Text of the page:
All personnel (calibration technician or engineer) that performs calibration should have proper training, in short, should be competent enough where he can demonstrate the required calibration procedure when prompted.

They must have attended or be oriented regarding calibration awareness as the first part of the training or exposure to calibration basics. Calibration awareness is one of the most important training that an organization should take regardless of the area you are in ( like in production, planning, purchasing, and others). Of course, this is under quality surveillance.

Their competency is supported by their qualifications ( experience, education, training, etc). Moreover, all of his training must be included in a record control file for proper monitoring.

Training is a continues process and required to be updated or refreshed yearly,

11. Data Retention (how long do we need to keep a record)

Data retention is important for every records control procedure, in calibration, data retention is very meaningful. Compare to other records, calibration records should be accessible easily even it is an old record, we need to collect and tabulate data specifically the data of reference standards for our history file.

This will provide a reference regarding the performance of a certain instrument, past data will help you to decide on how you adjust or provide a proper disposition specifically in determining the calibration interval of your instrument.

Usually, records retention is 5 years or longer.

12. Quality Control (ensuring the confidence of our reference standards)

What Quality Controls should be implemented to ensure the reliability of the reference standards used?

Reference standards are always used for measurement either inside the laboratory or outside the lab (on-site calibration).                   It is exposed to different environments and handling of personnel.

Because of these factors, we must ensure that our reference standards are still in good conditions outside and inside.

There are two methods that we can implement for this:

  1. Intermediate Check – specifically implemented during  on-site calibration
  2. Preventive Maintenance – a scheduled maintenance

Final thoughts…..

Calibration involves so many factors to determine and consider when implementing such as:

    • How to Handle out of tolerance calibration results?
    • What to prepare during customer audits/internal audits?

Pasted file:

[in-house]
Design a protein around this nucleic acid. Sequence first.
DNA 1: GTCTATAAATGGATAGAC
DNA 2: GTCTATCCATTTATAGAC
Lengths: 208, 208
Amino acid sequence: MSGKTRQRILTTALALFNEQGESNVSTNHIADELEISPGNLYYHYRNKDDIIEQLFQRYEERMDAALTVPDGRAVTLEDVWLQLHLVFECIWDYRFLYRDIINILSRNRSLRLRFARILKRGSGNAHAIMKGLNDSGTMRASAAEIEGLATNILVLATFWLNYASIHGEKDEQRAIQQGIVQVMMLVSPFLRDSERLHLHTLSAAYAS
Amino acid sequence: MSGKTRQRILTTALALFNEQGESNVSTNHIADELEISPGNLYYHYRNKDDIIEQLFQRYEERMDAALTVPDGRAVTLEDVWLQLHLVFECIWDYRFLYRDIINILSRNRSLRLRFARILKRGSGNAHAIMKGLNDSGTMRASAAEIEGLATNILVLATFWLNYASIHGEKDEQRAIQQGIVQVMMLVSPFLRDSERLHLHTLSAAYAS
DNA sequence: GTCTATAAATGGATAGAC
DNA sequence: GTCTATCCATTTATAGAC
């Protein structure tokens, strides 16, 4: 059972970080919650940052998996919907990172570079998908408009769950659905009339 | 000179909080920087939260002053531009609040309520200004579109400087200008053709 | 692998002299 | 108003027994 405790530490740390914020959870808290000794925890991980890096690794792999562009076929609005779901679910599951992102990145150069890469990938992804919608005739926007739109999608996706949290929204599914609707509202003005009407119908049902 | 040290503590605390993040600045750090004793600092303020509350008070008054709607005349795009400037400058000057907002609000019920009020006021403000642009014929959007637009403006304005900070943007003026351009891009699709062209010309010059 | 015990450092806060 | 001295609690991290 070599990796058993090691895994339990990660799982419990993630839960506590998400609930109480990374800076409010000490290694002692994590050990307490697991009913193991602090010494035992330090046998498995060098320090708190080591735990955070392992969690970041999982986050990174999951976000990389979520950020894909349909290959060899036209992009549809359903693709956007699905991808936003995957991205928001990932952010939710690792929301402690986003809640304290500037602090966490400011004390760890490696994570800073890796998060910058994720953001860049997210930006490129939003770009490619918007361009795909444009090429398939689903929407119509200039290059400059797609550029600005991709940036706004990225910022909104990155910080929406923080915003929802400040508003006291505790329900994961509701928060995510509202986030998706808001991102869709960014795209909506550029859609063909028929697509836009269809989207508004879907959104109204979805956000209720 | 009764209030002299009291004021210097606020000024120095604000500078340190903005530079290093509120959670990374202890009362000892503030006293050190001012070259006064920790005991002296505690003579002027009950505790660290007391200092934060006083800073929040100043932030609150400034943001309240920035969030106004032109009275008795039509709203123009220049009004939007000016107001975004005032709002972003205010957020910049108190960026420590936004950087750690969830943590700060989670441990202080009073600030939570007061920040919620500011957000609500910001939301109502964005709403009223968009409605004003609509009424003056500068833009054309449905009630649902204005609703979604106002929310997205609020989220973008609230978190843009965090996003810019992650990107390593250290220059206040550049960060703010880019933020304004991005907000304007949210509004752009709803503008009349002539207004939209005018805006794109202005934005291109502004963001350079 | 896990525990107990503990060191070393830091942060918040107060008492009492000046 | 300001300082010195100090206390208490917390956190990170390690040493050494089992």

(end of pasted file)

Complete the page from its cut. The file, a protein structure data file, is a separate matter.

• How to determine the calibration intervals?
    • What will you do if you have a lot of overdue for calibration?

A smooth flow of operations is the result of a planned and documented calibration system, there should be a continuous improvement of every aspect to adapt to the ever-changing requirements and needs.

What do you think?

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10 Responses

  1. Serjy
    | Reply

    Can you talk about BS50504 standard for calibration of welding machines.

    • edsponce
      | Reply

      Yes, I will consider if i have the resources. do you have a copy of the BS 50504 standard?

  2. Alvin
    | Reply

    Hi sir. Thanks for this post. We are planning to have an internal calibration laboratory in our company and with this post we can easily plan and justify our initiative by following your posts. Thanks a lot

    • edsponce
      | Reply

      Hi Alvin,
      You are welcome. I am very happy knowing that you are using this post as a guide. Hope that it can help you in more ways. I would be glad to know the outcome of your calibration journey in establishing your Internal Calibration Lab. Please do not hesitate to provide more feedback.

      Best regards,

  3. Ich
    | Reply

    Thanks you very much sir for the post.

    • edsponce
      | Reply

      Hi Ich,
      You are welcome. Thank you for reading my post. Please feel free to comment for any related concerns.

      Best Regards,

  4. edmar
    | Reply

    thank you sir..an apportunity to enhance and effective internal cal lab

    • edsponce
      | Reply

      Hi Edmar,
      You are welcome. Thank you for reading my post.

      Best regards,

  5. azwan
    | Reply

    what is the suibtable size of lab for in house calibration?

    • edsponce
      | Reply

      Hi Azwan,
      Thank you for visiting my site.

      There are no requirements for the size in any calibration lab. The size of a lab depends on:

      1. The scope of your capability or the number of parameters that you can calibrate.
      2. The number or size of your equipment or reference standards,
      3. The budget that a lab can provide
      4. The size of the company and the number of users or instruments it serves.

      The things that you need to consider when looking for a laboratory room are:

      1. Ensure that no cross-contamination is seen or experience.
      2. Instruments should be protected and staged properly.
      3. Some instruments or reference standards need to have a separate space because they are sensitive to temperature or humidity or other environmental factors. This can contribute to error in results and therefore needs to be separated. Example, temperature instruments cannot be mixed with the dimensional instruments.
      4. You need also to consider that the lab must have a stable and clean environment.
      5. There is no confusion on what parameters to be calibrated. There is enough space for proper separation or segregation.

      Hope this helps,